WashU Expert: Starbucks issue is bigger than PR

In response to the arrest of two black men in a Philadelphia Starbucks last month, the coffee giant will close its 8,000 company-owned stores on Tuesday, May 29, to conduct racial bias training for nearly 175,000 store employees.

Discussion of the arrests and subsequent reaction has percolated broadly throughout social and traditional media, with much of the discussion centering on the public relations and reputational impact of the incident.

However, Starbucks’ leadership’s response to date demonstrates a broader consideration of the full range of management functions and stakeholders critical to the company’s success, according to Catherine Dunkin, lecturer in management at Olin Business School at Washington University in St. Louis.

Catherine Dunkin headshot

“This situation creates questions for top leadership in areas ranging from operations, to human resources and corporate culture, to shareholder impact,” said Dunkin, who held positions with Fortune 500 companies and global agencies in St. Louis, Chicago and Dallas. “Moving past the obvious public relations implications, Starbucks’ actions and messages seem to indicate the full leadership team is involved in developing solutions as the situation unfolds.”

Any company that employs  254,000 people — as Starbucks does — can experience untoward events every day of the week. “With the recent situation, Starbucks will experience intense scrutiny on all fronts for some time,” Dunkin said.

From an operational standpoint, “Management has considered and analyzed the issue, created strategies, and developed new policies,” she said. “Then, they have communicated — in quite a bit of detail — how they plan to change the way they do business to minimize future negative situations not aligned with company values and procedures.”

Will it work?

Calvin K. Lai, assistant professor of psychological and brain sciences in Arts & Sciences at Washington University in St. Louis, is the director of research at Project Implicit, a nonprofit for research and education on implicit bias. In a recent article on implicit bias for The Conversation, Lai said bias training programs are so new that there is little direct evidence about whether they work.

“Unconscious bias training will not solve the whole problem,” Lai said. “Discrimination has other causes that aren’t fully dealt with in this kind of training, such as explicit prejudice or policies that have disparate impacts on people of different races. Effective solutions will require multiple approaches to addressing discrimination, not just one.”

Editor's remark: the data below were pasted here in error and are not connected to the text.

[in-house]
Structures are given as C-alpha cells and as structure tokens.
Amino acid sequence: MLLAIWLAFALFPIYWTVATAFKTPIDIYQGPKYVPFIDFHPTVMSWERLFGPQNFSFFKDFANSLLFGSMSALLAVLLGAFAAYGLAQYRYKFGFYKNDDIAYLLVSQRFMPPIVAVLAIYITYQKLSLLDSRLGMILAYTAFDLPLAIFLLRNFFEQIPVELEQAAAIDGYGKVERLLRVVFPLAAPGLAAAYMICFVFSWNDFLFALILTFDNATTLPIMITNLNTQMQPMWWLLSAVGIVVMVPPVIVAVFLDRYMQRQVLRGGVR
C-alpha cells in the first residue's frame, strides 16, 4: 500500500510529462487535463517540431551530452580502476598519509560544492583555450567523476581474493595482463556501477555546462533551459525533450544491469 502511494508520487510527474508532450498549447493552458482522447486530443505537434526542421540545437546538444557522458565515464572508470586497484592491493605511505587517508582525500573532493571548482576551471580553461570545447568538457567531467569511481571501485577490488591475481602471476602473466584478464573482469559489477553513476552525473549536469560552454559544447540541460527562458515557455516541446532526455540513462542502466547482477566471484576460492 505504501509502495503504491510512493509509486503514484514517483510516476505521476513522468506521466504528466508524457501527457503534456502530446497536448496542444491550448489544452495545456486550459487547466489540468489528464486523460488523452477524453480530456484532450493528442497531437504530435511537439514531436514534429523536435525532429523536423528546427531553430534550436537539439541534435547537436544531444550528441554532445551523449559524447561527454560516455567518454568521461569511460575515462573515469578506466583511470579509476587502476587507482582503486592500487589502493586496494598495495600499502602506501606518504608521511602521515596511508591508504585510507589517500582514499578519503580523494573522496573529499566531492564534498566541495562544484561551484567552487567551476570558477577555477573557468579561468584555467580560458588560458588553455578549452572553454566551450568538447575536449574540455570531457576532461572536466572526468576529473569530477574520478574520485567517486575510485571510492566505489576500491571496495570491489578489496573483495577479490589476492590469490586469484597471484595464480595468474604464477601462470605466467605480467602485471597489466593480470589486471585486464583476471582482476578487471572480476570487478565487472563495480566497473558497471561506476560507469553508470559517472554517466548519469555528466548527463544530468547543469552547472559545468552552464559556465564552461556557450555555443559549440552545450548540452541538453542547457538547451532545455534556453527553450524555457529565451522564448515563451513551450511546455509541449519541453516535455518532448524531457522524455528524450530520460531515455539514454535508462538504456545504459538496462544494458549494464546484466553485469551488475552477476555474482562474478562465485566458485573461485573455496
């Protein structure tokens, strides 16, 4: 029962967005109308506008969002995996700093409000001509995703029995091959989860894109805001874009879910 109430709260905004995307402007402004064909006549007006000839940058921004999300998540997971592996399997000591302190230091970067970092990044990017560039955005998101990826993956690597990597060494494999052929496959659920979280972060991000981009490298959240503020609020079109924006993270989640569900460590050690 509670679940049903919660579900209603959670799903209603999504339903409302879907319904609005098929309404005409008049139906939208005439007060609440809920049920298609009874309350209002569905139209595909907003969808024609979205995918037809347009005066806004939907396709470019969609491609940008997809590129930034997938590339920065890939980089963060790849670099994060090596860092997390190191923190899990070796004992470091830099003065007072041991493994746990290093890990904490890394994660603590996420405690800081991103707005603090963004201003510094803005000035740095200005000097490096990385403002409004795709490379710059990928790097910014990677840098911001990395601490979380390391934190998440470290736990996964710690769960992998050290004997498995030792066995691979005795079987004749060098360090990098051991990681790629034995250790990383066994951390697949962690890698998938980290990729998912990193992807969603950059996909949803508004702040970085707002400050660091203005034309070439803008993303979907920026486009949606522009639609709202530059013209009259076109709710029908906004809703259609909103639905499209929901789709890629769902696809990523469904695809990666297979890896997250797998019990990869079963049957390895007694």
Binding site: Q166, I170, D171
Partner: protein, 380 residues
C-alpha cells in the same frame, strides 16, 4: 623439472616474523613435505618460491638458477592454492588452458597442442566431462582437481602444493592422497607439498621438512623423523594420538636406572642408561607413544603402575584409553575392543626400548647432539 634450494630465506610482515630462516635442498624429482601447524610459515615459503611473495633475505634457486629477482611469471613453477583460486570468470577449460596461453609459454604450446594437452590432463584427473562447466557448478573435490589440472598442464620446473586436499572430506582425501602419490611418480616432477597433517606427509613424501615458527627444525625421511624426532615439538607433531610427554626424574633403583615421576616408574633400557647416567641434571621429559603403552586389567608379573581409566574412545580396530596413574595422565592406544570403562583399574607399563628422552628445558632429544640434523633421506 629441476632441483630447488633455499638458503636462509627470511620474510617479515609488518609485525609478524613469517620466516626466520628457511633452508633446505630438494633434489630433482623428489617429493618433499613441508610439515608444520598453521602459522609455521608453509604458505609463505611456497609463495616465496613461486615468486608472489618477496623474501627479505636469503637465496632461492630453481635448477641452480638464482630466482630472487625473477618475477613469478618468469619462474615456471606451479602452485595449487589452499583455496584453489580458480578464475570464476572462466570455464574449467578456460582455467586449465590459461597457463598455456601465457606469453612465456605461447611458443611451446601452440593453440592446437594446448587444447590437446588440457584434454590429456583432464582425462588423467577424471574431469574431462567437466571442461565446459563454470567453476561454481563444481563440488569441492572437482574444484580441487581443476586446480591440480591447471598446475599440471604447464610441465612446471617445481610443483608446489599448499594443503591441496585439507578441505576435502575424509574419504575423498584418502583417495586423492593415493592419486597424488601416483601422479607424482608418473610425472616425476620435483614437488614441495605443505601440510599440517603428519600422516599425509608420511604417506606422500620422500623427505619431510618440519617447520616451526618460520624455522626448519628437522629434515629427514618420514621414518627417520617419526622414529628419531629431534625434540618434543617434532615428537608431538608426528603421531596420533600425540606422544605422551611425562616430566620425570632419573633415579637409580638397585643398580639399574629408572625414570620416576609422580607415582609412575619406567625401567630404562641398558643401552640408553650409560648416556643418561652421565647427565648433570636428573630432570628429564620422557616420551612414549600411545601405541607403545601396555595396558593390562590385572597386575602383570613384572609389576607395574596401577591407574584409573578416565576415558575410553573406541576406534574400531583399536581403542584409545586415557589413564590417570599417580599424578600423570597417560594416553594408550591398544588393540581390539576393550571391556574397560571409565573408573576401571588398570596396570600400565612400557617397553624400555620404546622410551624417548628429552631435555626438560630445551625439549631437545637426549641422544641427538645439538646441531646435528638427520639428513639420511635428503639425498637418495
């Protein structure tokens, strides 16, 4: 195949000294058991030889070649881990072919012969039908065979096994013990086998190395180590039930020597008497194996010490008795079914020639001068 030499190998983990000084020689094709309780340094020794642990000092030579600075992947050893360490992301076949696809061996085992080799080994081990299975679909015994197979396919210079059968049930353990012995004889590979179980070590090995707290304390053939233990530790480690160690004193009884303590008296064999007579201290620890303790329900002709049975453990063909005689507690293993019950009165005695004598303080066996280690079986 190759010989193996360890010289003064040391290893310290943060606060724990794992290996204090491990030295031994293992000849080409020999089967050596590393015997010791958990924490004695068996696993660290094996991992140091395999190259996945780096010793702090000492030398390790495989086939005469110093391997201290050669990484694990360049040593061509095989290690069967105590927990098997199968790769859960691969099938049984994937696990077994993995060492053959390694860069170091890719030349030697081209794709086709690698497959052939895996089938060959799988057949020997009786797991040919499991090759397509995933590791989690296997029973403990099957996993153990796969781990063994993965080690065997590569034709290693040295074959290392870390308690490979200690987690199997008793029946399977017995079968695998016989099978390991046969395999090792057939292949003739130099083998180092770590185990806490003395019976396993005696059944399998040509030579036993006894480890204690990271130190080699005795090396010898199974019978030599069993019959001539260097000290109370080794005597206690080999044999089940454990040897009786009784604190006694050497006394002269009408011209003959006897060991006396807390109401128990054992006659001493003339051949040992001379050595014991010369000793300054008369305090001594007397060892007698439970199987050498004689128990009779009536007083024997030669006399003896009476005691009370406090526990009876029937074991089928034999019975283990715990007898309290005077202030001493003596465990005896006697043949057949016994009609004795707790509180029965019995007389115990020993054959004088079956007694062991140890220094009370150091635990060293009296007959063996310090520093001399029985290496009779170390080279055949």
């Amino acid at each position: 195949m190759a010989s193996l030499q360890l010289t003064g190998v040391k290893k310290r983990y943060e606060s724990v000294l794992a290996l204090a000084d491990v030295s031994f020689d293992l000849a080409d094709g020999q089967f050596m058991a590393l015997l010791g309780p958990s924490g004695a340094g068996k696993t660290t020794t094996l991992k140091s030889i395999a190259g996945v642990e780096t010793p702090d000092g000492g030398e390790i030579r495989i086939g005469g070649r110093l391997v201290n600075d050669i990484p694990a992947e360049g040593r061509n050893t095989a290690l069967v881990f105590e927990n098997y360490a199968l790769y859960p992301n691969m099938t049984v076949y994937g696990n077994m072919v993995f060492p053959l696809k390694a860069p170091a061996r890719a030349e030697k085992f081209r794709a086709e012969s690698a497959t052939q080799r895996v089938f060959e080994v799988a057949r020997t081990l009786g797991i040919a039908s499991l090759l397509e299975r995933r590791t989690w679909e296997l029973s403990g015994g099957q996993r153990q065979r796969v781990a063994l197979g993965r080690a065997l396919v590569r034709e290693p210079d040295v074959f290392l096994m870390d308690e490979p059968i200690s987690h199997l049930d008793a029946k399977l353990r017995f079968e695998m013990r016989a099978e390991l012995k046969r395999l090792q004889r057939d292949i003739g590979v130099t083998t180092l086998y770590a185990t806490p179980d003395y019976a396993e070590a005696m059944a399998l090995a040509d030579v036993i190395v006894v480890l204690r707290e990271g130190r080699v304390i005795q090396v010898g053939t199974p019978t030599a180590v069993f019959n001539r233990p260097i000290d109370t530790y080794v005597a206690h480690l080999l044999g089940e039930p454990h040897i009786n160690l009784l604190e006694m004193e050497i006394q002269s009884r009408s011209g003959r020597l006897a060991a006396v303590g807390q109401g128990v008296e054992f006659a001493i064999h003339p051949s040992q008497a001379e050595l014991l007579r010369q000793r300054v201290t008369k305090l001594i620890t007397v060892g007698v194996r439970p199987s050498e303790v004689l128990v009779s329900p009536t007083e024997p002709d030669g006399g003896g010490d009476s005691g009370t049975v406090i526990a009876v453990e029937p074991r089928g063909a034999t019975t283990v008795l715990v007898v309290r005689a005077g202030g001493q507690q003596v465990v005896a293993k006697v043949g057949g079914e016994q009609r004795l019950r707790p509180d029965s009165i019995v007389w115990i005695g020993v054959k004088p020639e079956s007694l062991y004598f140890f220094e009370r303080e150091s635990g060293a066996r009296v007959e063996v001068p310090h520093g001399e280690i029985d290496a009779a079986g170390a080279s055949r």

From a human resources perspective, Starbucks has a reputation as a fun, special place to work that creates a unique community for its employees and customers. “Starbucks wants to be a great place to work,” Dunkin said. “If negative situations happen, will they be able to continue to attract and maintain talented people who are drawn to a strong positive culture?”

Corporate leadership also has stepped up in other ways. “The company has worked in the past and wants to maintain a positive relationship with its communities — to be good corporate citizens at each location,” Dunkin said. To provide “community gathering places,” leaders released a statement on May 19, stating: “Any customer is welcome to use Starbucks spaces, including our restrooms, cafes and patios, regardless of whether they make a purchase.”

At the same time, as a public company, Starbucks must answer to shareholders. Presumably, in addition to revising its operations and committing to closing all company-owned stores for training — with the attendant loss of revenues — top leadership chose to close the 8,000 stores for training in the afternoon, not during the peak morning caffeine rush.

Dunkin can be reached at cdunkin@wustl.edu
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